Alessandro Siani, a biologist at Portsmouth University, decided earlier this year to write about research on vaccine hesitancy for online academic network The Conversation. The consequences were unpleasant.
A screenshot of an excerpt of his article, taken out of context, was reposted online with a new caption: “You knew: why didn’t unvaccinated people do more to warn us?”
Later versions of this fake news claimed that Siani – a pro-vaccine proponent – now believes vaccines are deadly and that he is blaming anti-vaccinationists for not having changed his mind by then.
“I’ve received a lot of threats and insults and very violent messages from anti-vaccine people who thought I was blaming them for not standing up strong enough against vaccines,” he said.
Siani had been a victim of fake news, an experience he will share at a special open meeting on “Fake, Fake and Misinformation” at the Royal Society in London on Thursday.
Past scientific frauds are exposed and debates are held about the lessons that can be learned from past frauds.
“This is the first late-night public event the Royal Society has hosted since the start of the Covid pandemic and we want to look into what has happened during that time,” said Keith Moore, the Royal Society’s Chief Librarian and organizer of the Event.
“A lot of disinformation and fraudulent activity took place during the pandemic, so this is an appropriate time to reflect on how science is getting to the truth and how it is dealing with fake news.”
In Siani’s case, the untruths surrounding him were quickly exposed and he was exonerated – though not before going through some rather disturbing moments. “A lot of people have been trying to find out exactly who I am and where I live,” he said. “It’s not a comfortable feeling.”
In contrast, previous examples of fake news took much longer to be proven false. Britain’s greatest scientific fraud, Piltdown Man, took decades before his true nature was revealed – an extraordinary story outlined at the meeting by Natural History Museum paleontologist Professor Chris Stringer.
Unearthed in 1912 in a gravel pit at Piltdown, East Sussex, the skull fragments have been interpreted as the remains of a million-year-old ape-man, a person with a large brain but primitive jawbones and teeth. That’s exactly what British scientists were looking for, Stringer said.
“A century ago, French archaeologists had discovered Cro-Magnons, while the Germans had their Neanderthals. Britain had nothing – until Piltdown Man showed up.
“Then we had our own fossil rival – except, of course, that it was a fake composed of the brain of a modern human and the jawbone of an orangutan. It took scientists 40 years to prove this.
“At the time of its discovery there was great demand for Britain to have its own missing link, and many pundits who should have known better lowered their vigilance.
“It’s a lesson for all of us. If something seems too good to be true, it probably is too good to be true.”
As for the culprit, most scientists, including Stringer, now believe local archaeologist Charles Dawson — the man who first found the skull pieces — was responsible for falsifying the find. Desperate to become a Fellow of the Royal Society, he was listed as a possible candidate for election. The Piltdown skull would be his ticket to scientific fame, he hoped. However, he died in 1916, shortly after making his “discovery”.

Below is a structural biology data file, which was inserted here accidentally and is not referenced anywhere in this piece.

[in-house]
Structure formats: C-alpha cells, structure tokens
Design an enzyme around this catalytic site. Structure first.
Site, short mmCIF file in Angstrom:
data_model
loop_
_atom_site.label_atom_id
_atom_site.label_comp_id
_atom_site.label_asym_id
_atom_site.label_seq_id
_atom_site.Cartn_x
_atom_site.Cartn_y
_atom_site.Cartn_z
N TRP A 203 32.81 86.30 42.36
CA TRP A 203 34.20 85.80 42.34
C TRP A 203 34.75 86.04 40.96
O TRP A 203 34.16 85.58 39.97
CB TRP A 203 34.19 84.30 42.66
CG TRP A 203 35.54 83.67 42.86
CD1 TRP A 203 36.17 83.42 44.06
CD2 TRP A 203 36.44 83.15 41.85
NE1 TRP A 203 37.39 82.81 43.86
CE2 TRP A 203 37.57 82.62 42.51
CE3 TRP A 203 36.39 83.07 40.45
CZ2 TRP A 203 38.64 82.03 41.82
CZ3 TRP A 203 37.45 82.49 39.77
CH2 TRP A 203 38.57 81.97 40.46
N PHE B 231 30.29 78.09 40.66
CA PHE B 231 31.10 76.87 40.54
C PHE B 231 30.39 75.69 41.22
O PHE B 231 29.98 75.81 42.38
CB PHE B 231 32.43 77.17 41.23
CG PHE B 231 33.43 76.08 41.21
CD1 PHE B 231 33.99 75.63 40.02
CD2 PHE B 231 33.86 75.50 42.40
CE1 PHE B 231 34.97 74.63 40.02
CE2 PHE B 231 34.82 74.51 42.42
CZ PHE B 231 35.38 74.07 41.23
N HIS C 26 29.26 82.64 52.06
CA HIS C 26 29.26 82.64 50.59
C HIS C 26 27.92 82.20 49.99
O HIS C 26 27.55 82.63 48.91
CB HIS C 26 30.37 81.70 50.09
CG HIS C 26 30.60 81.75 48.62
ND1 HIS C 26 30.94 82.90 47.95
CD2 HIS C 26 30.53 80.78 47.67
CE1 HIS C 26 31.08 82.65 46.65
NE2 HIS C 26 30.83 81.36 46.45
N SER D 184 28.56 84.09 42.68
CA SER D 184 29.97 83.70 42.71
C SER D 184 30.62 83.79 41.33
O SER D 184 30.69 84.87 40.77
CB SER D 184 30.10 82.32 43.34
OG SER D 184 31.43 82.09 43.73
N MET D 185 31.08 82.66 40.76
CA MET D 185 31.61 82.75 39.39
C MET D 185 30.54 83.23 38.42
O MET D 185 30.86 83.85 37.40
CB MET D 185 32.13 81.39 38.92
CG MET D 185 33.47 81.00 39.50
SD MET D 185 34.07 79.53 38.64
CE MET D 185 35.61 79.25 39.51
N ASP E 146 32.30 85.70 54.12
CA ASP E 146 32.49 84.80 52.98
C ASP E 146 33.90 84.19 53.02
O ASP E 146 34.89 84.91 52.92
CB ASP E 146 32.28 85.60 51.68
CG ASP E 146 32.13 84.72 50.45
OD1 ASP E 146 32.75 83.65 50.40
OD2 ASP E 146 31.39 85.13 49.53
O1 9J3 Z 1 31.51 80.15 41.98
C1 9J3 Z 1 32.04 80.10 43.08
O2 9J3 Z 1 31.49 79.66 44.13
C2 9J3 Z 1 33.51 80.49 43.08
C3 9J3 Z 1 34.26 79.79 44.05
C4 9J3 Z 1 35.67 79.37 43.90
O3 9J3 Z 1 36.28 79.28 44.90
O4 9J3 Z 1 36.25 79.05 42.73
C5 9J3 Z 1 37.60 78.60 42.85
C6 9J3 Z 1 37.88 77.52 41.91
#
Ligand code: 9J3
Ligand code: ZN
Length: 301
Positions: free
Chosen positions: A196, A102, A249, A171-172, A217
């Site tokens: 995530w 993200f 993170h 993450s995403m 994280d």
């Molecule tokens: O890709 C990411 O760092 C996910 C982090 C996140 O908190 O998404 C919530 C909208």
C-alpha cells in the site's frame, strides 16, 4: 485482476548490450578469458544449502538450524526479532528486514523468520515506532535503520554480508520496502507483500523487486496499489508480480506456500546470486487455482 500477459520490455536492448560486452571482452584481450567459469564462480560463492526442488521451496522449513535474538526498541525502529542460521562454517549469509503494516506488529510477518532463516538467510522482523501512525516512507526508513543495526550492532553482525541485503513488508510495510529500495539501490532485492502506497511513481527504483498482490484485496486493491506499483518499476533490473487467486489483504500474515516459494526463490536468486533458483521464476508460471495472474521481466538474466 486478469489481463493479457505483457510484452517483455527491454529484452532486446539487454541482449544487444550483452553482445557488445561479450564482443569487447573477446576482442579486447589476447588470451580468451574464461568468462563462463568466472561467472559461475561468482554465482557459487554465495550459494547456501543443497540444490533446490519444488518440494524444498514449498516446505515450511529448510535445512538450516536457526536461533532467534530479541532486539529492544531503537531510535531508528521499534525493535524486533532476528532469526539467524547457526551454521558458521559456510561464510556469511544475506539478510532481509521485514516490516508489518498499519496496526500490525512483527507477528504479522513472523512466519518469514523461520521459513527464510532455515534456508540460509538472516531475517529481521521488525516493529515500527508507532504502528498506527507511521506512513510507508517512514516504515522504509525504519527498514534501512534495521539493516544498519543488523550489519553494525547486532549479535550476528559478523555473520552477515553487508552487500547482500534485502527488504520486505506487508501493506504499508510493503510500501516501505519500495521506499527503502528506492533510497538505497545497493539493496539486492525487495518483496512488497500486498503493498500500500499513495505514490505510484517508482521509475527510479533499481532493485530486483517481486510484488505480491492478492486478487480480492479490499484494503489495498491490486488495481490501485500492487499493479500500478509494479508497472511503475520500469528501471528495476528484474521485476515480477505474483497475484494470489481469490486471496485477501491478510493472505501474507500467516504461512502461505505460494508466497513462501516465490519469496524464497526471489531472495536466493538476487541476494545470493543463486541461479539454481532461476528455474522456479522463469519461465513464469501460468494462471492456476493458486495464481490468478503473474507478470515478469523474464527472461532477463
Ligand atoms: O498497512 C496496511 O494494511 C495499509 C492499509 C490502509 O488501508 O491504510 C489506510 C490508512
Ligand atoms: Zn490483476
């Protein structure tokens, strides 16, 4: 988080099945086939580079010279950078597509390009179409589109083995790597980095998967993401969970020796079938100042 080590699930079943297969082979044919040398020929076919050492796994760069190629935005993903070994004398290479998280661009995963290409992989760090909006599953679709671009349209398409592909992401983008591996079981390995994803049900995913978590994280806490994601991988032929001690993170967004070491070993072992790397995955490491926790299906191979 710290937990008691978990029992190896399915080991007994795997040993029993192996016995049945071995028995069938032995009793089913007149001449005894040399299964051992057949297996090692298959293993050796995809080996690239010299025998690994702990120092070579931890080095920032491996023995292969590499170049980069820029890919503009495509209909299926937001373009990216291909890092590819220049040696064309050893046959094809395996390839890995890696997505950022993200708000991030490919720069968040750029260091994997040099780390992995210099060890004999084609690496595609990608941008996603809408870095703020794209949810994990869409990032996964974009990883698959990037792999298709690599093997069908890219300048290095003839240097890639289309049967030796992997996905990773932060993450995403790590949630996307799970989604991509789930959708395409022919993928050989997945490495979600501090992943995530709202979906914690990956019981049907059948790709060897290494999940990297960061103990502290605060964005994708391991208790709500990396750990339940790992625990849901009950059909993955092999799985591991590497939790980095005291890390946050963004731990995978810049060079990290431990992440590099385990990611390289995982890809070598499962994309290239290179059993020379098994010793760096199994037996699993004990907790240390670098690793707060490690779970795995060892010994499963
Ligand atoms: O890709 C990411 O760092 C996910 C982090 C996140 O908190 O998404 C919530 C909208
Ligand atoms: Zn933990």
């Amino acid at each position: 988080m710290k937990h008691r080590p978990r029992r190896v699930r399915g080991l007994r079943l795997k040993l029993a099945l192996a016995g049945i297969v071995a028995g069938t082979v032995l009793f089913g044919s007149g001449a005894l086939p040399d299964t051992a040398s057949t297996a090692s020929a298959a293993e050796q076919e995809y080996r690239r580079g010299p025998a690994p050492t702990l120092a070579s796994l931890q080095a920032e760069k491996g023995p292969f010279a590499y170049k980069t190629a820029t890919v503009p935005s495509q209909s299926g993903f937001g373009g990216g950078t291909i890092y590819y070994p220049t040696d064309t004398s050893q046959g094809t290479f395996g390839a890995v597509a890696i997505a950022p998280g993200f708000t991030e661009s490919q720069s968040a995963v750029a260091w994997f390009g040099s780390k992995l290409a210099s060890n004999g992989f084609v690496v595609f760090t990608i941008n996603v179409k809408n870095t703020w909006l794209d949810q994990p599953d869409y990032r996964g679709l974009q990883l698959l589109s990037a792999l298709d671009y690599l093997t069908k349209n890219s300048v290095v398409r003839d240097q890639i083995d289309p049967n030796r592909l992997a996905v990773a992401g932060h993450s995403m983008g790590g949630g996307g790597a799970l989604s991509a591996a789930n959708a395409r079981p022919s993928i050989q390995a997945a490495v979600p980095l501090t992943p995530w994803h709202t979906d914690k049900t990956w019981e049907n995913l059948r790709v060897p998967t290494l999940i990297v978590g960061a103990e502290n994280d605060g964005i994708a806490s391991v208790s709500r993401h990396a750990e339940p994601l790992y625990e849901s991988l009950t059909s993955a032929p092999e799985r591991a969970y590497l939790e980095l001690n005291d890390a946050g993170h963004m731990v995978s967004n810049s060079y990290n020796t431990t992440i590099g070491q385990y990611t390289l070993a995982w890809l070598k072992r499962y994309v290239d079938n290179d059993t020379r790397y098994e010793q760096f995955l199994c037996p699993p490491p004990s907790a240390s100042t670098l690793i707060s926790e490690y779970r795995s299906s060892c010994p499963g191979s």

However, Dawson would not have been the first con man or crook to be made a member of the Society if he had been successful.
“Indeed, it is surprising how many outstanding scientists and associates of the Royal Society have ended up in prison,” Moore said. “Something like that has a long history here.”
Examples date back to the founding of the Royal Society, although some have been imprisoned on less than nefarious grounds.
The German theologian Henry Oldenburg, its first secretary and one of the originators of the idea of peer review, was imprisoned in the Tower of London in 1667 during the Second Anglo-Dutch War as a suspected spy. Crystallographer Kathleen Lonsdale was briefly imprisoned during World War II for her pacifist views.
But the strangest of all these characters was Rudolf Erich Raspe, who will be the focus of a talk by Moore at Thursday’s session.
Raspe, a German, was elected to society in the 18th century for his work on geology, but was eventually expelled for his “various frauds and gross infidelities”.
“Part of the problem was that scientists back then had no income other than private funds, and that sometimes led them down the path of temptation,” Moore said.
Raspe looked for other sources of income and over time turned to fiction. “He wrote the earliest known version of the Baron Munchausen stories, which have never been printed since, although he didn’t make any money from them himself,” Moore added.
The key point is that science can only work if it can be confident that the information presented to it is correct, Moore said.
“That is why the integrity of those around us was so important to society. In this way we have ensured that information and data come from a reliable source. And of course, it’s fun to tell people that there’s a long history of scientists fighting cheating and occasionally losing.
“It’s also important to understand these issues because now we have new issues related to the internet, deepfaking and things like that. People need to be careful about the sources of information they rely on. That has always been a problem.”